remarked, that he had found that applications were made to young men who wore studying for the military profession by parties who stated that they were authorized to give them commissions, provided they raised a certain number of men. Such an application had been made to a relation of his own, and it struck him as very odd that while the applications of young gentlemen of fortune and station on condition of raising men were uniformly refused by the autho- rities, persons who represented themselves as army agents should say that a certain sum might be lodged in a bank, which should not be drawn until a commission was granted. It would seem, certainly, from this circumstance that there was no attempt at fraud; but it was stated that if some fifty men were raised a commission might be obtained without purchase. He thought that such a proceeding was very strange and irregular, and he wished to know whether the Secretary for War could give any explanation on this subject.


said, at present he could give no explanation, and could not understand how such an occurrence could have taken place. The hon. Gentleman had made the statement from his own personal knowledge, and he (General Peel) would have the matter inquired into.

Vote agreed to.

(21.) £1,227,000 on account Pay of Land Forces.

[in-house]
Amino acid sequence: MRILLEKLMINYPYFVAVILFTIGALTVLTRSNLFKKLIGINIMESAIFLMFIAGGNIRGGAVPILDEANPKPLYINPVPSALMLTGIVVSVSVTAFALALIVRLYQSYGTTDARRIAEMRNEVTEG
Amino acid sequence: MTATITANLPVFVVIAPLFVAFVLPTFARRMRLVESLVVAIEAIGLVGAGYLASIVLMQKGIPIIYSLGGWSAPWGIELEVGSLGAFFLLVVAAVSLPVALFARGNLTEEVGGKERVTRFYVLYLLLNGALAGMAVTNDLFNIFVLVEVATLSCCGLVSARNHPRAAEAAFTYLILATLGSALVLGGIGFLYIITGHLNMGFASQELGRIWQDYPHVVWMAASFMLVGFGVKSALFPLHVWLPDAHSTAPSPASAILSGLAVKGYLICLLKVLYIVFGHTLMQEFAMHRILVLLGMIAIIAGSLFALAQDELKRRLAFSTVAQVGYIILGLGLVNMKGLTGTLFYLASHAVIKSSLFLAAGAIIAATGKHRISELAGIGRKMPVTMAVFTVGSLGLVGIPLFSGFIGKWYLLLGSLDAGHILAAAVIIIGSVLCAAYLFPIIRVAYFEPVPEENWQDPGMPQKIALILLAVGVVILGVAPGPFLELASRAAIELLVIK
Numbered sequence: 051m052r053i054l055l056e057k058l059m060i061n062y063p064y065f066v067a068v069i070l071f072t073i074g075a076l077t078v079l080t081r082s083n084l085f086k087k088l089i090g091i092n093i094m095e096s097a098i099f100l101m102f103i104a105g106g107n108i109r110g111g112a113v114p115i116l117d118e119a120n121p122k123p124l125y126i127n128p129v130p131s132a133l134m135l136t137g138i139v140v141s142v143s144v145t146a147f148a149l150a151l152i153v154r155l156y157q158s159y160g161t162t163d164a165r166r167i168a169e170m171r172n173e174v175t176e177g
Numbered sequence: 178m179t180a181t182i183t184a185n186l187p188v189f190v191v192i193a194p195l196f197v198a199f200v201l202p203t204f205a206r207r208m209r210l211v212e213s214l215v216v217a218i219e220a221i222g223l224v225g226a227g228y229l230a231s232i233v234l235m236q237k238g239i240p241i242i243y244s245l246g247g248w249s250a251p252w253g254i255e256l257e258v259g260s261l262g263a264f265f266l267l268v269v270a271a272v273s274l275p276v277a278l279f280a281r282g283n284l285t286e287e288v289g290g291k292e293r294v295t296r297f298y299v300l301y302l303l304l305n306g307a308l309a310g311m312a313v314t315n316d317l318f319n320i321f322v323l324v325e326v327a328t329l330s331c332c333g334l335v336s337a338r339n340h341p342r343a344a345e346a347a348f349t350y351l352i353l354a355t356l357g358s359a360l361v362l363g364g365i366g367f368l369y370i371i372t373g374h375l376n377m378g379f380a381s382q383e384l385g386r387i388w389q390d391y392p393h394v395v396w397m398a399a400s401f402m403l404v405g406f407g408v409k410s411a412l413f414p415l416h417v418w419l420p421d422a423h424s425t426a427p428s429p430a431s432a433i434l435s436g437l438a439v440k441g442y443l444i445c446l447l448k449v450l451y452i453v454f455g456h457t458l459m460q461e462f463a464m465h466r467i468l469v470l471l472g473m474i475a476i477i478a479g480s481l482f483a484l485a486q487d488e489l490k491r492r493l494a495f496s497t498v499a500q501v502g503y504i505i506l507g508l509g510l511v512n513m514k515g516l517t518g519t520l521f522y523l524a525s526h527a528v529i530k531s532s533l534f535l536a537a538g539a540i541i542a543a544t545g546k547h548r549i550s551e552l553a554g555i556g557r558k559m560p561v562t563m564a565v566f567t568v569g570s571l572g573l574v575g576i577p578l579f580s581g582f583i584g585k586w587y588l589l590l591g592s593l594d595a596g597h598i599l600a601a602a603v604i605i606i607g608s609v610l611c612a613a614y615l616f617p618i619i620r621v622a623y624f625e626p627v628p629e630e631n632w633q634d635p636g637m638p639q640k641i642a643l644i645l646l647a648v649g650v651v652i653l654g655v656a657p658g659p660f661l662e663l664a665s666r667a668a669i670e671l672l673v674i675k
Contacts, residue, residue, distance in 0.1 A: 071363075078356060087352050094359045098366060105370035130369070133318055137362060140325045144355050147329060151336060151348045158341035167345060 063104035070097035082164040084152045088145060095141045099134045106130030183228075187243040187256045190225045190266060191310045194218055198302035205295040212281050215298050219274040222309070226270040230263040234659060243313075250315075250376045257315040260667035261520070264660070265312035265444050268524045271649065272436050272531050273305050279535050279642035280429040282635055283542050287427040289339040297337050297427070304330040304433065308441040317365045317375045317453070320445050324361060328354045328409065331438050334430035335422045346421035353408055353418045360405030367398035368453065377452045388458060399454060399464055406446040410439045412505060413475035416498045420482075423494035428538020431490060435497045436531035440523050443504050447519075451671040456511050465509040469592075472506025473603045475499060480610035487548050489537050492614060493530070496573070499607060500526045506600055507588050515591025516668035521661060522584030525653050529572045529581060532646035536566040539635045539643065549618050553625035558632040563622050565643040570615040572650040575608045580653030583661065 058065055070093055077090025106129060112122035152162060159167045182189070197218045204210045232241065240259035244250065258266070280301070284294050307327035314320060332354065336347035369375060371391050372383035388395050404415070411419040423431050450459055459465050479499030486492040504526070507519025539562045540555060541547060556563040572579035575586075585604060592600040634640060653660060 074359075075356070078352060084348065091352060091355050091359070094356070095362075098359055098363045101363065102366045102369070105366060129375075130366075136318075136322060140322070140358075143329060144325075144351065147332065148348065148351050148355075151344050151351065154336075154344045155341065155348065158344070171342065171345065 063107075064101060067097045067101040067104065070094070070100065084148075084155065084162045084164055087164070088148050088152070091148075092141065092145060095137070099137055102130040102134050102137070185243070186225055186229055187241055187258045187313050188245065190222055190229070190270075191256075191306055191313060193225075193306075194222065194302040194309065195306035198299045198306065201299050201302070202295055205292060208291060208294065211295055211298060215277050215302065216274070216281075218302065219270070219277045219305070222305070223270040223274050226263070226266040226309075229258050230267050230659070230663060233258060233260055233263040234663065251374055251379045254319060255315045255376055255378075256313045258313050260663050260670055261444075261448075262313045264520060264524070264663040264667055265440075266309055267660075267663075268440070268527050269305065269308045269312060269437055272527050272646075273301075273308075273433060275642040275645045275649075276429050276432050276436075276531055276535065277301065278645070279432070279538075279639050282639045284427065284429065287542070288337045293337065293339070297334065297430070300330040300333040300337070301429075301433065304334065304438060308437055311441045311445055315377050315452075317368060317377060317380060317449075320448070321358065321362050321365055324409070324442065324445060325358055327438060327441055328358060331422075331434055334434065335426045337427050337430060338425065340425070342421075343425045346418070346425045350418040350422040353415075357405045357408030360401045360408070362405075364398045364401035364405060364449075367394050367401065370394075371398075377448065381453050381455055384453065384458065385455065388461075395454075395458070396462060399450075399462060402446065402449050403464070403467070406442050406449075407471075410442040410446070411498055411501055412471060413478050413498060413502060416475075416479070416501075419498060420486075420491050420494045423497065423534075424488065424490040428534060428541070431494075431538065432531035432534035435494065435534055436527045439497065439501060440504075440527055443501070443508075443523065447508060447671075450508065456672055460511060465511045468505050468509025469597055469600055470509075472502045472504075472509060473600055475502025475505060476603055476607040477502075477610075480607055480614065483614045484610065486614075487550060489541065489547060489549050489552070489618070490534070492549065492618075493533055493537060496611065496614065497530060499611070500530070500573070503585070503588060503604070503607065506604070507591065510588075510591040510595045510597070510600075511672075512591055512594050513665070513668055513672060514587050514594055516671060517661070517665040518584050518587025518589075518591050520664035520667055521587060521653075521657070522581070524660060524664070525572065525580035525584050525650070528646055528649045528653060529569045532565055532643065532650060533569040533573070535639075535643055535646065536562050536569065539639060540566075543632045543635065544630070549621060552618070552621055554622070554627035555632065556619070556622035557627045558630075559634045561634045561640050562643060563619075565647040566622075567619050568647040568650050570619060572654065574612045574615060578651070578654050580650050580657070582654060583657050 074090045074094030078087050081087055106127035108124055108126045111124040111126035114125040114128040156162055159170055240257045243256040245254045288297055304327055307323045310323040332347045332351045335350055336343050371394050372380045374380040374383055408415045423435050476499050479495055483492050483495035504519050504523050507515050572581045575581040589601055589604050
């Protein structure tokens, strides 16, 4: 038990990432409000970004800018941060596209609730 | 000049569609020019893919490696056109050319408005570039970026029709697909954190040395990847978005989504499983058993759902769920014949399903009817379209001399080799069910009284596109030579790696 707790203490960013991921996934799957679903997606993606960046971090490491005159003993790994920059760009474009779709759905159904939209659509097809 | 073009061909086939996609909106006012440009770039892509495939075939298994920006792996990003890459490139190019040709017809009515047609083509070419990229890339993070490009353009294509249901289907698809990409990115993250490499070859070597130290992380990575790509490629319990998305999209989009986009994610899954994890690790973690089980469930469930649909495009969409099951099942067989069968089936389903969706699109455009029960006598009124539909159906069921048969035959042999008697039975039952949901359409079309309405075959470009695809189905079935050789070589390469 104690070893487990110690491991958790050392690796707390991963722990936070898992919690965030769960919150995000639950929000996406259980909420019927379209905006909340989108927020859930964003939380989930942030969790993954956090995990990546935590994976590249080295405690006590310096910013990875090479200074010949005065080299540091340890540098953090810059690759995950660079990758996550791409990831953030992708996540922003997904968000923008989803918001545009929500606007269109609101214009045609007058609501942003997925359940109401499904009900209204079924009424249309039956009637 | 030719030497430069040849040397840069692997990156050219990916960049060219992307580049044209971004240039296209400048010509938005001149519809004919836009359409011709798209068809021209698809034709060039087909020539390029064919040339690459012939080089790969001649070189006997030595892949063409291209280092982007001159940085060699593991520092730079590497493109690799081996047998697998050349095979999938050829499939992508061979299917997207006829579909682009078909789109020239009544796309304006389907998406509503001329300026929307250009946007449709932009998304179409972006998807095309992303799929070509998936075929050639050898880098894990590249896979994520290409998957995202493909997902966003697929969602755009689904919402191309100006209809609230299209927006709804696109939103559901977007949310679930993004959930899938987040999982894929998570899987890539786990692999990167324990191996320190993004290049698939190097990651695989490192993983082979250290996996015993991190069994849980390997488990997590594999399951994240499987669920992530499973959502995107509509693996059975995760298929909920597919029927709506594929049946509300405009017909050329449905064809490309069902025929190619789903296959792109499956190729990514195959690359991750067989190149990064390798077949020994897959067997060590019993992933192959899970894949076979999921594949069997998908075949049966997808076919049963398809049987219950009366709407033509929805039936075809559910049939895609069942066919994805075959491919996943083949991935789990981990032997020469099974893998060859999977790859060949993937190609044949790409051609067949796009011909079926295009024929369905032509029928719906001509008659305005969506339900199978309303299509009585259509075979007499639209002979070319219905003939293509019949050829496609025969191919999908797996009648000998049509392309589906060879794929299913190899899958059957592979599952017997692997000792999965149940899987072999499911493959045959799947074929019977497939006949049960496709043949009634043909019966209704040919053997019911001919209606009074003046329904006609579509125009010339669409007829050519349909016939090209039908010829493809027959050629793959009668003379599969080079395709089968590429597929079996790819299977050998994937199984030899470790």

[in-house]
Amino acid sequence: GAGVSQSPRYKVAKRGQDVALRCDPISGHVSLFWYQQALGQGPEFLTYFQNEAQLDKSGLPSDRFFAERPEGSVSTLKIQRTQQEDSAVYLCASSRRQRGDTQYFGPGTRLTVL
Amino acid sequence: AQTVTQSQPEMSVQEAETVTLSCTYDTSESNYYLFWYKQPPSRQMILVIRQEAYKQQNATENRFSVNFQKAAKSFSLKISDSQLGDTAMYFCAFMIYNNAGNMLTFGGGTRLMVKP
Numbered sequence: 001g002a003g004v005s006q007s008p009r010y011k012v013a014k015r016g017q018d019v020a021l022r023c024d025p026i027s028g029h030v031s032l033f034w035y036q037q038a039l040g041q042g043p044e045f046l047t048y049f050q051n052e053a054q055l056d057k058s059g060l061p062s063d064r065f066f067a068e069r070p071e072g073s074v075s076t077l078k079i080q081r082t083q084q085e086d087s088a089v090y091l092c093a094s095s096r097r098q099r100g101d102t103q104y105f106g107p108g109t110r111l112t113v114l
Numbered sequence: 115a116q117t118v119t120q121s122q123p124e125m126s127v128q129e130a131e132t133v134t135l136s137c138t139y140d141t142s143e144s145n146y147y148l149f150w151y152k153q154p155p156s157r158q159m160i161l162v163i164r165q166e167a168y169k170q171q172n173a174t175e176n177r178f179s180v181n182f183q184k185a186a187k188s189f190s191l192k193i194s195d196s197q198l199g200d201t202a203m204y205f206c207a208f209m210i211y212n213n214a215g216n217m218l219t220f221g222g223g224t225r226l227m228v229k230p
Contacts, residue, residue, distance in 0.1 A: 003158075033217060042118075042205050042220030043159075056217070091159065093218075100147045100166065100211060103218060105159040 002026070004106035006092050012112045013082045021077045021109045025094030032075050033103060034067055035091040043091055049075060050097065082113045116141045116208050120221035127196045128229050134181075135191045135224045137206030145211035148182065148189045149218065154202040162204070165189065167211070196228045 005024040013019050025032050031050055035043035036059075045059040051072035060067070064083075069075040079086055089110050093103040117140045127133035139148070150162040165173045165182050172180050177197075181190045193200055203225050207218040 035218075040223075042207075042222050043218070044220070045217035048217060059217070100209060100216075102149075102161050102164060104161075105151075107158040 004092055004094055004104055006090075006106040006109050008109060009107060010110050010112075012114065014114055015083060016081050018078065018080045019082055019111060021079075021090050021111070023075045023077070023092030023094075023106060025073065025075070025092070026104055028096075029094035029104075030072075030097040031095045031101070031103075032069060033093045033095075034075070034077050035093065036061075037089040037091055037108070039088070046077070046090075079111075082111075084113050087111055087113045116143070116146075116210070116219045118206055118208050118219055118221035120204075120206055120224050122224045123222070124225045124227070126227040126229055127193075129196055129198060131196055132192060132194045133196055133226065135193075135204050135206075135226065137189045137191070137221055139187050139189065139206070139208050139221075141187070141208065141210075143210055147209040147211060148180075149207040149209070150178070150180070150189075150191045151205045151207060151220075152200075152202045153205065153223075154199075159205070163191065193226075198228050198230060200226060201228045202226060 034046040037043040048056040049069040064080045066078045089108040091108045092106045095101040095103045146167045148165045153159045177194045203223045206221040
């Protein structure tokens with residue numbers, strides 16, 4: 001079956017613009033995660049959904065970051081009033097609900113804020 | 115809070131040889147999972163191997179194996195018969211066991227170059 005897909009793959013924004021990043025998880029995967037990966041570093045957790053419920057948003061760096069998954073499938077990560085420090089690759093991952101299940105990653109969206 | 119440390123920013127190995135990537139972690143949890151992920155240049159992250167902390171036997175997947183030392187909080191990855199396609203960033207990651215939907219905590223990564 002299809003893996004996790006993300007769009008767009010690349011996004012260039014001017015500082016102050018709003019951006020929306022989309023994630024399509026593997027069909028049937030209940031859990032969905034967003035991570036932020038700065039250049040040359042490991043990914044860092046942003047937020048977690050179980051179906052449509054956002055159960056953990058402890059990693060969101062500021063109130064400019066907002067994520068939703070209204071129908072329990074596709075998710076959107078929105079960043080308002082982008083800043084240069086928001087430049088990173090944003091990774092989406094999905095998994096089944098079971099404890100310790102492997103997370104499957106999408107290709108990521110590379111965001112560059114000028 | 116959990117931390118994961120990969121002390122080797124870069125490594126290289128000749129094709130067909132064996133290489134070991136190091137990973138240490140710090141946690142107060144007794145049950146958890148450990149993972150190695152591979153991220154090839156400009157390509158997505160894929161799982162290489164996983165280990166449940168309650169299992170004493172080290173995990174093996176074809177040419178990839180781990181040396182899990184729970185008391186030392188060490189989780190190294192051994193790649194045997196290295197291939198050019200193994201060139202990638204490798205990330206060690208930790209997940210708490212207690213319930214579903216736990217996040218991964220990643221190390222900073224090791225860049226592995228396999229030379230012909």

said, he wished to ask what had been the result of the important change which had taken place respecting the army clothing, which was now supplied by the Government, instead of by the colonels of regiments. The Estimates were so confused that he found it impossible to ascertain the comparative cost generally; but he found that the cost of the Guards' clothing was now 40 per cent. more than it was when the Duke of Wellington was Commander in Chief and Colonel of two regiments. He thought this most extraordinary and most unwarrantable extravagance. The present Government could not make themselves more popular than by effecting retrenchments, especially in matters of this kind, and this was a subject to which he trusted the right hon. and gallant General would turn his attention. From what had transpired before the Committee on Contracts there seemed to be an immense amount of unfair dealing in connection with these, and unless the system was amended, and the receipt of perquisites put a stop to, especially in army contracts, no respectable man would offer to supply them.